public scrutiny in this courtroom . .").
Case 1:12-cv-01422-JSR Document 343 Filed 07/30/14 Page 2 of 19
the monetary penalty to be imposed in cases like the instant one
simply states that" [i]f any person derives pecuniary gain from
the violation, or if the violation results in pecuniary loss to a
person other than the violator, the amount of the civil penalty
. may not exceed the amount of such gain or loss." Id.
§ 1833a(b) (3). The statute provides no guidance, however, as to
how to calculate such gain or loss or how to choose a penalty
within the broad range permitted.
The parties and the Court have unearthed only one case that
discusses this choice under FIRREA: United States v. Menendez, No.
ll-cv-6313, 2013 WL 828926 (C.D. Cal. Mar. 6, 2013). Finding no
precedent on point, Menendez looked to the case law of arguably
analogous civil penalty statutes and suggested five factors to
consider: "(l) the good or bad faith of the defendant and the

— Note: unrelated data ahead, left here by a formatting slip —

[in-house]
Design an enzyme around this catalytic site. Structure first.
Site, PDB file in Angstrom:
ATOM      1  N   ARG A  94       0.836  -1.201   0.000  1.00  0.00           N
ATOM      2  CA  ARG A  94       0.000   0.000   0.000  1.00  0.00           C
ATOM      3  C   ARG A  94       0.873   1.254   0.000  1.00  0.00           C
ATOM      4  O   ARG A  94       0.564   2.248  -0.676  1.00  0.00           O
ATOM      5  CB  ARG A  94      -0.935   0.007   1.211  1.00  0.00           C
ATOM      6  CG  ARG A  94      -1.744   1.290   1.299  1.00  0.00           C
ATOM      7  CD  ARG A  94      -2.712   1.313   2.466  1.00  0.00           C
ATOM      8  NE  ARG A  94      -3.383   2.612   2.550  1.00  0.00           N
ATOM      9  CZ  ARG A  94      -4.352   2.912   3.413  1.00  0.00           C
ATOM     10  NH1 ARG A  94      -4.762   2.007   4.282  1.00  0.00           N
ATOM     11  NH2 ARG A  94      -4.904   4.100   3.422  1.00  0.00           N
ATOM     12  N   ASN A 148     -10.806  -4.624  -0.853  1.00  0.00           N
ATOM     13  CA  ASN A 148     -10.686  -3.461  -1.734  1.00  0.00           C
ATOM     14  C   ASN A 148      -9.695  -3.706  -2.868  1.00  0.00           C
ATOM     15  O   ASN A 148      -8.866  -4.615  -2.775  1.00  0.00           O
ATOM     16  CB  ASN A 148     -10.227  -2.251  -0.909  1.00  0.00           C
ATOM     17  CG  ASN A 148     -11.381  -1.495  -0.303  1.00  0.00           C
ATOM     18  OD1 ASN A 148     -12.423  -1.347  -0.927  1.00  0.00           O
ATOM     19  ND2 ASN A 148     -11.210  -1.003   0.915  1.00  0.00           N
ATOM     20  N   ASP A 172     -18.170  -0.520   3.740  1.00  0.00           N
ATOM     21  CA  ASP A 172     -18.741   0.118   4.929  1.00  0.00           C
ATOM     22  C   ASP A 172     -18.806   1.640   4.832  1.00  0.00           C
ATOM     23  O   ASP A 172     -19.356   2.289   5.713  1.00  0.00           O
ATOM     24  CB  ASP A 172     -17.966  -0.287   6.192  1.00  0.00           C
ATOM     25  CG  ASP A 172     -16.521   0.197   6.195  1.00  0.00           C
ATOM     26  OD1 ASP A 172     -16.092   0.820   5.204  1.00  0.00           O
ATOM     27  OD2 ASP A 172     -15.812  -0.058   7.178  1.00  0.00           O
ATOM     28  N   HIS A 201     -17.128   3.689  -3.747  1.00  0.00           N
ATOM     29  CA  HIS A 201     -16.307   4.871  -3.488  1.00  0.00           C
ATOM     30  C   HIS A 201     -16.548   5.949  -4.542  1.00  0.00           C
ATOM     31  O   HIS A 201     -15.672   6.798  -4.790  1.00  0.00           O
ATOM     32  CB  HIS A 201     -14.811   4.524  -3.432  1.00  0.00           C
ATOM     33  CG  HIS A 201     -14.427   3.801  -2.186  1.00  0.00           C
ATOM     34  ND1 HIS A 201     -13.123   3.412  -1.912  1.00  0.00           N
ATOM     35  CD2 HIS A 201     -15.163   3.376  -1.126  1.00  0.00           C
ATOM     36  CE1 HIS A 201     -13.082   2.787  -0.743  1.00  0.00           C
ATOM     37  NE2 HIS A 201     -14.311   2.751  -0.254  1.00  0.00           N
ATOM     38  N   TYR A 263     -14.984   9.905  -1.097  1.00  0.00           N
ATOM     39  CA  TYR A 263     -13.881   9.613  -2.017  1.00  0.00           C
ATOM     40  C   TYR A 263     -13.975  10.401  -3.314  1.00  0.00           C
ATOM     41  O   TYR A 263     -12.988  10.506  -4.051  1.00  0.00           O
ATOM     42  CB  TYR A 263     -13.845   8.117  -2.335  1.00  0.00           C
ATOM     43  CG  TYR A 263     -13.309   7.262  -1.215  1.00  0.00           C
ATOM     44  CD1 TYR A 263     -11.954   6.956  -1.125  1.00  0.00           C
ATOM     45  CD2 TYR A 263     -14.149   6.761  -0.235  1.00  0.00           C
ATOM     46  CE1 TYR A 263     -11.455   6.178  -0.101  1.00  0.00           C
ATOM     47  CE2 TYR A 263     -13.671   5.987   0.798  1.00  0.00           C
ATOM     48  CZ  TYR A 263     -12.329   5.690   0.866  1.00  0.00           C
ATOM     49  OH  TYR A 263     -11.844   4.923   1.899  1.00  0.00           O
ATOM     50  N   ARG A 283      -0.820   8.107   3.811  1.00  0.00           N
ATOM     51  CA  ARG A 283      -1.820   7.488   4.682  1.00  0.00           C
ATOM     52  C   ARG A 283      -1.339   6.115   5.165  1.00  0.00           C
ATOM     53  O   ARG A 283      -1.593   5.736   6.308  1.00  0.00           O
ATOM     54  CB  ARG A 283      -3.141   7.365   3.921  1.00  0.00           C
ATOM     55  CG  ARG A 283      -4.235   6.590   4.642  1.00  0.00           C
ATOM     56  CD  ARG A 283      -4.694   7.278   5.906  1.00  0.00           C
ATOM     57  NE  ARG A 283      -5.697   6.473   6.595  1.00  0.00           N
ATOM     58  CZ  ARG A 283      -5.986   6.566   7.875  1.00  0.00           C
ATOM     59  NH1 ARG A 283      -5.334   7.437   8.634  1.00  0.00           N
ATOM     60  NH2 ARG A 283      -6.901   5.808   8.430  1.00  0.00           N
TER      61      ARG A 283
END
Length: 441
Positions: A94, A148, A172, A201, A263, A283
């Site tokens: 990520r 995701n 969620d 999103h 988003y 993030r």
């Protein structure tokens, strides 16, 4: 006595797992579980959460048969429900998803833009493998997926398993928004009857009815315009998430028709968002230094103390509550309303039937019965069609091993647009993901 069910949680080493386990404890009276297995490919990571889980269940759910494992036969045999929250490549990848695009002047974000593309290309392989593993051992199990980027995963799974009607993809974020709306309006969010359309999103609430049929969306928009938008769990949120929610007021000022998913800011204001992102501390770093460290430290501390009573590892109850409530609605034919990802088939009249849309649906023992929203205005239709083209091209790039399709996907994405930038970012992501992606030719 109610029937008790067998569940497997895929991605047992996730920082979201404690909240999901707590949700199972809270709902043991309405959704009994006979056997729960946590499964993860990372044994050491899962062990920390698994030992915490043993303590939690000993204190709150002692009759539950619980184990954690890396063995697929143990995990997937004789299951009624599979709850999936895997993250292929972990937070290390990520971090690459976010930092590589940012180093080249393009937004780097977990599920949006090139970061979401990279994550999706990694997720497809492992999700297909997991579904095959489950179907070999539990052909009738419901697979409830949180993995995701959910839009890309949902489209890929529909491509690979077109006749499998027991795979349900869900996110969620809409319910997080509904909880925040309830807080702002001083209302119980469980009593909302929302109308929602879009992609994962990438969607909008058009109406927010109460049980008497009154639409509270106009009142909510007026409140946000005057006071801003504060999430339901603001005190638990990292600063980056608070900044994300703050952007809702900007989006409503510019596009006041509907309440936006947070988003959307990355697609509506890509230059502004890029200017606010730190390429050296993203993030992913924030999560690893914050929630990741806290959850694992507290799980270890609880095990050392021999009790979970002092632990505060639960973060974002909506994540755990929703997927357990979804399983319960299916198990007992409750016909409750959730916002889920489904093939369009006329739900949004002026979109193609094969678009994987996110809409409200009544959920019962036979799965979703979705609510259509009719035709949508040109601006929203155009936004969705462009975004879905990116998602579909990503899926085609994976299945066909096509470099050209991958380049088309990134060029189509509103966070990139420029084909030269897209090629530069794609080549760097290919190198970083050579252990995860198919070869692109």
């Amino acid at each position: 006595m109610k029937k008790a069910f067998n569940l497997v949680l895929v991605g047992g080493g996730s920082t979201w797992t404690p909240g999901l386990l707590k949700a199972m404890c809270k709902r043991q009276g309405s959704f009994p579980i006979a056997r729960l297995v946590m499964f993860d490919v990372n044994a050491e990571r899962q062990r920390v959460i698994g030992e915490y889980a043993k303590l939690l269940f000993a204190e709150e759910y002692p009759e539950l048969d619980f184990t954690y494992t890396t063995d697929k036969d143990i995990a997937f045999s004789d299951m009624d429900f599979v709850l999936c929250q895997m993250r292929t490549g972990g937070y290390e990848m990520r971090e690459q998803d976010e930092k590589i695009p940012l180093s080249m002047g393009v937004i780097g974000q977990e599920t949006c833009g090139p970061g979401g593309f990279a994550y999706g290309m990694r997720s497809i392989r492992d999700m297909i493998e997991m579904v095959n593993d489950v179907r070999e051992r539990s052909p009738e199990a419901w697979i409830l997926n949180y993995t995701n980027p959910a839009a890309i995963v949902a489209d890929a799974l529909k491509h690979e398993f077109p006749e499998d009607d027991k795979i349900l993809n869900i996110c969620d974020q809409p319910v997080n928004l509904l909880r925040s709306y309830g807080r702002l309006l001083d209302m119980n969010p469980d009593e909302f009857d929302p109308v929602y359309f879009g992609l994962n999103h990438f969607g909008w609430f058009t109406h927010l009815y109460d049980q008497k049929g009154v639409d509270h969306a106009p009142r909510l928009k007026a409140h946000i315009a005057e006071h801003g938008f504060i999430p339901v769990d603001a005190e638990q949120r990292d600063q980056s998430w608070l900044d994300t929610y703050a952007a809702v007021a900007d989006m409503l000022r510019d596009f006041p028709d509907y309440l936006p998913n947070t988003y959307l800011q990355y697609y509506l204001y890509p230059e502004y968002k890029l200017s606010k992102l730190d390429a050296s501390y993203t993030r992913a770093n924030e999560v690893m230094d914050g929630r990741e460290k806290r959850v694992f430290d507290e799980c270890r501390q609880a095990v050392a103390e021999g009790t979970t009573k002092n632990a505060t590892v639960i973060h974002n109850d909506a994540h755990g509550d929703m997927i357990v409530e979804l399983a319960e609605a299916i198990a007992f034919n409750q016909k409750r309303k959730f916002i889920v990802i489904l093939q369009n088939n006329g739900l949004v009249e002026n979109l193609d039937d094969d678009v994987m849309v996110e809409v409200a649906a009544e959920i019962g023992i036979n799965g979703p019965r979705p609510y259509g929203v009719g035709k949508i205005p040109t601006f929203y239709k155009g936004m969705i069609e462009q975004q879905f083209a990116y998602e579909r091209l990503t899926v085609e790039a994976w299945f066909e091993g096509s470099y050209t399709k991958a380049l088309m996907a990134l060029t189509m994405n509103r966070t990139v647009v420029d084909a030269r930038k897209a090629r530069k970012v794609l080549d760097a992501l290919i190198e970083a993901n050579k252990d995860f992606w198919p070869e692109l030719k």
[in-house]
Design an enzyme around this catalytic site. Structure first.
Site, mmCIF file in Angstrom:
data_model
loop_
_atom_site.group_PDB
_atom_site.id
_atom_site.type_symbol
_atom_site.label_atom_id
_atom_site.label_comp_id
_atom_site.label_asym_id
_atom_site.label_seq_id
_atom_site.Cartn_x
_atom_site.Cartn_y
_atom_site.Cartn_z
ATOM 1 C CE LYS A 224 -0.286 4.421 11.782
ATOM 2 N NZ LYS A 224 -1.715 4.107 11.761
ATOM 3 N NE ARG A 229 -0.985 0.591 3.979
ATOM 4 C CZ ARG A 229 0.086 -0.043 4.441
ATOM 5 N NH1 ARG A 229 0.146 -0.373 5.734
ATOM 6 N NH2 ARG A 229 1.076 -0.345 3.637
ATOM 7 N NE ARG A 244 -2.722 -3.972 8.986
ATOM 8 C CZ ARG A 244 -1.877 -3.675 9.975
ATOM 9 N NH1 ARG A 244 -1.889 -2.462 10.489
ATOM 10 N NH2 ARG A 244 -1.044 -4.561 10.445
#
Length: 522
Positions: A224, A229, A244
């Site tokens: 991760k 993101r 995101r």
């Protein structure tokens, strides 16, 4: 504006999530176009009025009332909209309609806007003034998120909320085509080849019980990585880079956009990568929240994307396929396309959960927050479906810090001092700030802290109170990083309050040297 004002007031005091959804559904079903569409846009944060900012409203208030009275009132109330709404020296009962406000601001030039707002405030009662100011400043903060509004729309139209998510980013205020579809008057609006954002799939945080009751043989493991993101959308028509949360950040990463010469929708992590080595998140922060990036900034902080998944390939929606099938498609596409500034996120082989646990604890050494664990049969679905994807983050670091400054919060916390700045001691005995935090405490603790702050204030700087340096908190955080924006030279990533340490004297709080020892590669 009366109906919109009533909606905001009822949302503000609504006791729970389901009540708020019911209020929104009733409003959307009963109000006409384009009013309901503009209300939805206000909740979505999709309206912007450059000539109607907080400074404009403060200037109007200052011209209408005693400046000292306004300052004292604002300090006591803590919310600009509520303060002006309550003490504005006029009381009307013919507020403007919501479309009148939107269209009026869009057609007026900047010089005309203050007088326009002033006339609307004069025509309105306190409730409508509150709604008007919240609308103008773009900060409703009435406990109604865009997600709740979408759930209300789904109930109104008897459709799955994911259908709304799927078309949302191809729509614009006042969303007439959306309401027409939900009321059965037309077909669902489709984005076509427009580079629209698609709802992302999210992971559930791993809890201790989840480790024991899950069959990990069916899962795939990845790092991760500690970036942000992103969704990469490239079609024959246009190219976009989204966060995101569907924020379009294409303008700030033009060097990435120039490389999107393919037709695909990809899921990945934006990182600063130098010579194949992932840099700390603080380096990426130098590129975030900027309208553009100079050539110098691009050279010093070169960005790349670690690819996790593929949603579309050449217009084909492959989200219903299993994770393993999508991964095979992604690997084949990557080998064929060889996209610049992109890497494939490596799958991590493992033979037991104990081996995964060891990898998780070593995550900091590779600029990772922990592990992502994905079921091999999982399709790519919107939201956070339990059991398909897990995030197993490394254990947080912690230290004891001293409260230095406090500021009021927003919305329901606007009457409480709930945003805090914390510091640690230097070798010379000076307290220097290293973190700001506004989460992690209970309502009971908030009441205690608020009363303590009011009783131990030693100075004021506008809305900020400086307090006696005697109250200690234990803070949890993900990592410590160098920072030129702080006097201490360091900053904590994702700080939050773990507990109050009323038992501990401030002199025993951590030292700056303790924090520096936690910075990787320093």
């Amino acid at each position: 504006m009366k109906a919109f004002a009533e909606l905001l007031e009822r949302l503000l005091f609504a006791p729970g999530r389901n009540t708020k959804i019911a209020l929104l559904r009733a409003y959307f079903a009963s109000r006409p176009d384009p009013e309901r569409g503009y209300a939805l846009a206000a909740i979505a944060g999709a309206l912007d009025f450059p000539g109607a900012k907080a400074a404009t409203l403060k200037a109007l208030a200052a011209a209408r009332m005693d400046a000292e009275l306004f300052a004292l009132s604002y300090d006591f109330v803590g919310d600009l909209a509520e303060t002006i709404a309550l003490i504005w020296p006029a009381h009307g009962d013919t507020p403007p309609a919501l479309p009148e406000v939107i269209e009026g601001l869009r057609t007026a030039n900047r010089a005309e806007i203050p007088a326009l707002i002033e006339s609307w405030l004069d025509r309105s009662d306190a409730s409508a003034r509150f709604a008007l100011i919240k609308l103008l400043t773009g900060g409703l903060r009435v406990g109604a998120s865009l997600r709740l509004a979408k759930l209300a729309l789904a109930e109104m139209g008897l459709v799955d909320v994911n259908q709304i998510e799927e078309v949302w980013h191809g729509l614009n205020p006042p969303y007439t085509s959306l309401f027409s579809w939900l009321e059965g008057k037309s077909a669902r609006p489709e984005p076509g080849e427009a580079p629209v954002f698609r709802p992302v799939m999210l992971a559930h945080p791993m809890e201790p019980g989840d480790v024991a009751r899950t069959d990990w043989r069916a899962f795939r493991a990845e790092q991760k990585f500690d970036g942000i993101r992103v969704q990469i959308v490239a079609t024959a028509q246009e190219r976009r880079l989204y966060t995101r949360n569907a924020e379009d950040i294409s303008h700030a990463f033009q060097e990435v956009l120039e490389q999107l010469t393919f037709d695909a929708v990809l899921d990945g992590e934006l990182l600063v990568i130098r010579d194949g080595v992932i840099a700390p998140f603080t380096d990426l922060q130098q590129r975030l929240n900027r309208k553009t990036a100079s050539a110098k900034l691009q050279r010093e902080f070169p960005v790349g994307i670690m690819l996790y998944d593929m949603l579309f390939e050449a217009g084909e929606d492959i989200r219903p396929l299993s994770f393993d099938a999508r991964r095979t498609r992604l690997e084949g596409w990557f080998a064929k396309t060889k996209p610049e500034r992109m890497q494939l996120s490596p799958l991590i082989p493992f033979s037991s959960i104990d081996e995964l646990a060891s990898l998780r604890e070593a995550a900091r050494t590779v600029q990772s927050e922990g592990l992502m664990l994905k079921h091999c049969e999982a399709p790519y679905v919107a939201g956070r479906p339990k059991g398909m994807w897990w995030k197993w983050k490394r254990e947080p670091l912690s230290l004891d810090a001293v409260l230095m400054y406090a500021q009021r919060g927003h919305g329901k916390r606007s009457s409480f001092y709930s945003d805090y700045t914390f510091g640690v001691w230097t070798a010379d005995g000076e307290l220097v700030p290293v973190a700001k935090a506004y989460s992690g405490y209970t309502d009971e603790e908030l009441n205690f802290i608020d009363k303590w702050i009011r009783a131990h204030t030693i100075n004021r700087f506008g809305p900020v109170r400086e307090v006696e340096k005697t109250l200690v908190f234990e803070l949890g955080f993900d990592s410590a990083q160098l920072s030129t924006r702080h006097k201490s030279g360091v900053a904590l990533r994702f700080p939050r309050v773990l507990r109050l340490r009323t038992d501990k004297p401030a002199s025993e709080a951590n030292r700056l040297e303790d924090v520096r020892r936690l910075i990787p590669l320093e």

degree of his scienter; (2) the injury to the public, and whether
the defendant's conduct created substantial loss or the risk of
substantial loss to other persons; (3) the egregiousness of the
violation; (4) the isolated or repeated nature of the violation;
and (5) the defendant's financial condition and ability to pay."
Id. at *5 (citing Fed. Election Comm'n v. Furgatch, 869 F.2d 1256,
1258 (9th Cir. 1989)). Similarly, in discussing arguably analogous
civil penalties in a non-FIRREA context, the Second Circuit has
directed district courts to consider "the good or bad faith of the
defendants, the injury to the public, and the defendants' ability
Case 1:12-cv-01422-JSR Document 343 Filed 07/30/14 Page 3 of 19
to pay." Advance Pharm., Inc. v. United States, 391 F.3d 377, 399-
400 (2d Cir. 2004) (internal citation and quotation marks
omitted) . A similar list of factors is also used in determining
civil penalties under the Securities Exchange Act. See SEC v.
Gupta, No. ll-cv-7566, 2013 WL 3784138, at *l (S.D.N.Y. July 17,
2013) ("In determining the appropriate amount of a civil penalty,
courts in this District are typically guided by the factors set
forth in Haligiannis, to wit: '(1) the egregiousness of the
defendants' conduct; (2) the degree of the defendant's scienter;
(3) whether the defendant's conduct created substantial losses or
the risk of substantial losses to other persons; (4) whether the
defendant's conduct was isolated or recurrent; and (5) whether the
penalty should be reduced due to the defendant's demonstrated
current and future financial condition.'" (citing SEC v.
Haligiannis, 470 F. Supp. 2d 373, 386 (S.D.N.Y. 2007)). But while
these cases provide some general guidance as to what factors bear